Saturday, June 17, 2006

Taiwan 2005

Okay, trying to catch up on the past year — only nine months late! My cousin was married in September of last year and I made a quick visit to Taiwan for the tea ceremony, which was a week or two before the actual wedding. This my uncle Hong-Sie, aunt Lo-Ying, their grand-daughter Mao-Mao, and my mom at lunch. Uncle Hong-Sie and and aunt Lo-Ying were so hospitable, carting us around everywhere.

On the way to the wedding

Whenever I try to get my mom to treat me more like an adult she brings up things like this photo, where even a woman at her age gets relegated to the center seat when her parents are around.

A photo collection of the wedding couple.

My cousin Yu-Chow's wife and her son. I think they were married a year or two before this; unfortunately I wasn't able to make it to that wedding.

My uncle Chiu-Che, his two daughters, and grandma.

My cousin Jonathan and I. How is it I'm the oldest but the shortest of the cousins?

Jonathan's girlfriend Jia-Jia.

My cousins are so musically talented. I'm just a hack in comparison.

Grandpa enjoys a story from one of the relatives.

My cousin Candy entertains grandma.

The mother of the bride, the groom, and my aunt Yung-Hui.

My cousin the bride performs the tea ceremony.

The happy couple at the reception.

The First 48 Hours

I have taken to watching late night crime shows every now and then. You know, the brainy ones like CourtTV that show you, in the unlikely case you decide to go tearing off to the dark side, exactly how to cover up the most heinous of crimes by not doing the dumb stuff that gets these amateur criminals caught.

A new one that is a pretty subtle rip-off of the 24-style of cinematography is a show called The First 48. Now the reason I mention this, other than to sneak in a confession that I'm a chronic channel-flipper bound to drive my future significant-other to madness, is that the other night there was a really interesting episode involving what was turning out to be a revenge killing in some neighborhood in the south, I think Tennessee.

The investigator had brought in her suspect for questioning and prefaced the scene with a statement to the effect of, "We really need to get a confession out of him." Now the investigator is a stocky black woman with simple but pleasant features. I didn't take much notice of her as the show followed her between the crime scene and the police station. One scene even showed her in such a mundane situation as showcasing some items in her closet, such as her interrogation jacket ("this one really gets the confessions," or something to that effect), and a large purse ("especially good for carrying my gun").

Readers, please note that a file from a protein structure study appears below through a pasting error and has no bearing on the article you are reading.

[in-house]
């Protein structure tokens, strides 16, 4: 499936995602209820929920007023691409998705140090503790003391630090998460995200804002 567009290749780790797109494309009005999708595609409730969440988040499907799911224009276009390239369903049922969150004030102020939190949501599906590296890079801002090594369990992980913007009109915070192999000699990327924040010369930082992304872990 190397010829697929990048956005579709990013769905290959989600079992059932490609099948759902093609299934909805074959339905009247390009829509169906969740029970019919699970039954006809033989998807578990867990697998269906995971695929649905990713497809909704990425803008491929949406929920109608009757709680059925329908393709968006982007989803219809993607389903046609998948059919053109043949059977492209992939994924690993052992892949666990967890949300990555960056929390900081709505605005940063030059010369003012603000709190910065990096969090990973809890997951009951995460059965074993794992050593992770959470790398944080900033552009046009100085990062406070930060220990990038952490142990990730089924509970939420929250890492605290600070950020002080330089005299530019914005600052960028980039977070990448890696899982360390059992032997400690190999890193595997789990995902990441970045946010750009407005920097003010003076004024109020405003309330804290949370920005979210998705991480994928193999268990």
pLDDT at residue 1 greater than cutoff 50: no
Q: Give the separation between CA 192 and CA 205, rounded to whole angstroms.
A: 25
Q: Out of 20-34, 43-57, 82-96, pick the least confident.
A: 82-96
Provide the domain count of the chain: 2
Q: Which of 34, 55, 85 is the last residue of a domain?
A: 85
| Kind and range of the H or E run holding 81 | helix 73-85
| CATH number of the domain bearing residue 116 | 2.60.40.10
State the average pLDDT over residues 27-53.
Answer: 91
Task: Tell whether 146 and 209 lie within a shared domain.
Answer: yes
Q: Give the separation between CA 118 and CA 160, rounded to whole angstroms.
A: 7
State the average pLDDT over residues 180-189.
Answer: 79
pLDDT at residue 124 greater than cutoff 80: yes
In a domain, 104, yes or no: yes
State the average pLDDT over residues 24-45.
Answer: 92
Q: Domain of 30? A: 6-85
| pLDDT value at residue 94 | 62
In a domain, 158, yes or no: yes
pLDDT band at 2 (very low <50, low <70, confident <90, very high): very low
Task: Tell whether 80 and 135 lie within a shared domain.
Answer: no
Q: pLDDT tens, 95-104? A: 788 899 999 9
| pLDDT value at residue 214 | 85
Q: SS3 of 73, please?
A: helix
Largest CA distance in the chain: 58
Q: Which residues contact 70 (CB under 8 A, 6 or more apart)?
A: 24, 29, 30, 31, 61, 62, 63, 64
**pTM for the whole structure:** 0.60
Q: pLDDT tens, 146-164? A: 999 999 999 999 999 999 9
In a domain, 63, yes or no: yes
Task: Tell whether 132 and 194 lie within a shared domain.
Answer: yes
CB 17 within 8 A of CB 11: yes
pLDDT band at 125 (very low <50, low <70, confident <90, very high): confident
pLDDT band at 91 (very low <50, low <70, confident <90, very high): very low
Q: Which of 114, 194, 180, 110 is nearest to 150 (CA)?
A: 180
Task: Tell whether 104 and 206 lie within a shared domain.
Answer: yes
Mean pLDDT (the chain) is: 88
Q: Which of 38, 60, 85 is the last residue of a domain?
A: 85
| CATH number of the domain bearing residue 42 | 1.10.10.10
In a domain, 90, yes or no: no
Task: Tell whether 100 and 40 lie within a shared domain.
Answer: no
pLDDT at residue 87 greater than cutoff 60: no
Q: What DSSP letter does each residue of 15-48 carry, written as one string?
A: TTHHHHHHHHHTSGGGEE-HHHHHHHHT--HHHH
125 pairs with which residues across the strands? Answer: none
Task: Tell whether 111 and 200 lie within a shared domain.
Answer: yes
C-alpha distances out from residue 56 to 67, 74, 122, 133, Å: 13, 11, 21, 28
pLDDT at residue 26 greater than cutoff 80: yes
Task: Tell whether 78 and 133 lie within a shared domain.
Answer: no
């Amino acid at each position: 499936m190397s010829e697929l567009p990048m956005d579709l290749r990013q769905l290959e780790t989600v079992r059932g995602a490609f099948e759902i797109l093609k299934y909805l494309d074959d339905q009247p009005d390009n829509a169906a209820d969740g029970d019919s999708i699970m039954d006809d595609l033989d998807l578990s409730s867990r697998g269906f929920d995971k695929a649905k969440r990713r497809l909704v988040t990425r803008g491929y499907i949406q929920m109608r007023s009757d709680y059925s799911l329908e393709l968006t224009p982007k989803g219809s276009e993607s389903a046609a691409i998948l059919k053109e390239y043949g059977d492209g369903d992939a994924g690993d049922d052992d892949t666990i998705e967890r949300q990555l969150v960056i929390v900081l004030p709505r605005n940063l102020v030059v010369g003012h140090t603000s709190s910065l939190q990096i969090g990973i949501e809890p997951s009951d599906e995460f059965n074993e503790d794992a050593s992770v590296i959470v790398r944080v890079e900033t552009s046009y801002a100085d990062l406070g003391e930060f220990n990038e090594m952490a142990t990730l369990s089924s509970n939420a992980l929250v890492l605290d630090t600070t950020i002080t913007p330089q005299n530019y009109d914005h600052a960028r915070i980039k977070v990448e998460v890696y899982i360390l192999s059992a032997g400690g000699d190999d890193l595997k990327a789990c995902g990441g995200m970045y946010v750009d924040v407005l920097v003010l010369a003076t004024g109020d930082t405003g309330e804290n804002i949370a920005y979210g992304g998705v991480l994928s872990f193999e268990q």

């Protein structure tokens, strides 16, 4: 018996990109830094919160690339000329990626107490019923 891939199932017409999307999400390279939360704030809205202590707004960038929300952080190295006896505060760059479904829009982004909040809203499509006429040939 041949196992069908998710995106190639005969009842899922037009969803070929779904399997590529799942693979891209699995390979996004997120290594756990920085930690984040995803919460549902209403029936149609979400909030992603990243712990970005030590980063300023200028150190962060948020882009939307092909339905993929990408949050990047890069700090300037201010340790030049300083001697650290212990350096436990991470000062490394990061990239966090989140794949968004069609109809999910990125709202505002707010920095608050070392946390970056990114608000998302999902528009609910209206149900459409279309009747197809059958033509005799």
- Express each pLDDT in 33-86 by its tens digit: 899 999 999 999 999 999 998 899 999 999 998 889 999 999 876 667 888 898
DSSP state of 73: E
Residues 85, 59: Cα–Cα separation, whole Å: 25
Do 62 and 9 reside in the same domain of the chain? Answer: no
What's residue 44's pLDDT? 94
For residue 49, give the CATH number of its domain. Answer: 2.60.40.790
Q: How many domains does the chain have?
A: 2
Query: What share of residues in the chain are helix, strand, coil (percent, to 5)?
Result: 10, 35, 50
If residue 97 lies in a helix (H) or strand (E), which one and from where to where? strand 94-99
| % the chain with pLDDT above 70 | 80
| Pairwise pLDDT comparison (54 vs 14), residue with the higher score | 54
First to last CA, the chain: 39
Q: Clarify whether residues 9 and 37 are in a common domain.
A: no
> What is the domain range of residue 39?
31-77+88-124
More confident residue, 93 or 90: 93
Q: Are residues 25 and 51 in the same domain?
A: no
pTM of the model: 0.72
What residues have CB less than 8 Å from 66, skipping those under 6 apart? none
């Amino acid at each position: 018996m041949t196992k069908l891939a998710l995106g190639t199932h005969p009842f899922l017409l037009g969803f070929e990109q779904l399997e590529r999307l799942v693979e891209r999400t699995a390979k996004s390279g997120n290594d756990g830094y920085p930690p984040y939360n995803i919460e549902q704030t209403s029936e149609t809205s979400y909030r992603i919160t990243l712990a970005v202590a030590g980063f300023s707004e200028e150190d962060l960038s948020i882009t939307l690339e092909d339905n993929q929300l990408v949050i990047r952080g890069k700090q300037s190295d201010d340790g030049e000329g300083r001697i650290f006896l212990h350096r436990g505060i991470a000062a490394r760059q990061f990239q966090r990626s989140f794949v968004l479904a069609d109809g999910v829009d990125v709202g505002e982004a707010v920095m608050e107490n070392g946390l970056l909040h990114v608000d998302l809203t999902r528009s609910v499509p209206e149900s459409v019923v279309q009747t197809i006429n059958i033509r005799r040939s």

All that changed when she stepped into the interrogation room though. What she brought to bear was not only riveting, but completely unexpected. I'll try to do her justice but bear in mind this is paraphrasing. Speaking to the suspect:

"Now I know that the man killed last night was actually involved in a murder a ways back, he shot your brother, right?" No answer.

"Now sometimes things happen and I'm not saying it's right, but you know, I understand." Stoic silence.

"You've been carrying this torch for a long time, and that's a lot of burden for a man to carry." The man — boy, really — puts his head down on the table and starts to cry.

"I know how hard it is to be a black man in this town. You know sometimes s*** happens and sometimes black men don't know the right way to respond; you probably didn't have any role models showing you what to do and how to behave. I know, it's hard. Now I want to help you but you need to let me." And with that he is sobbing, covering his face, as if trying desperately to save it and whatever dignity he has left.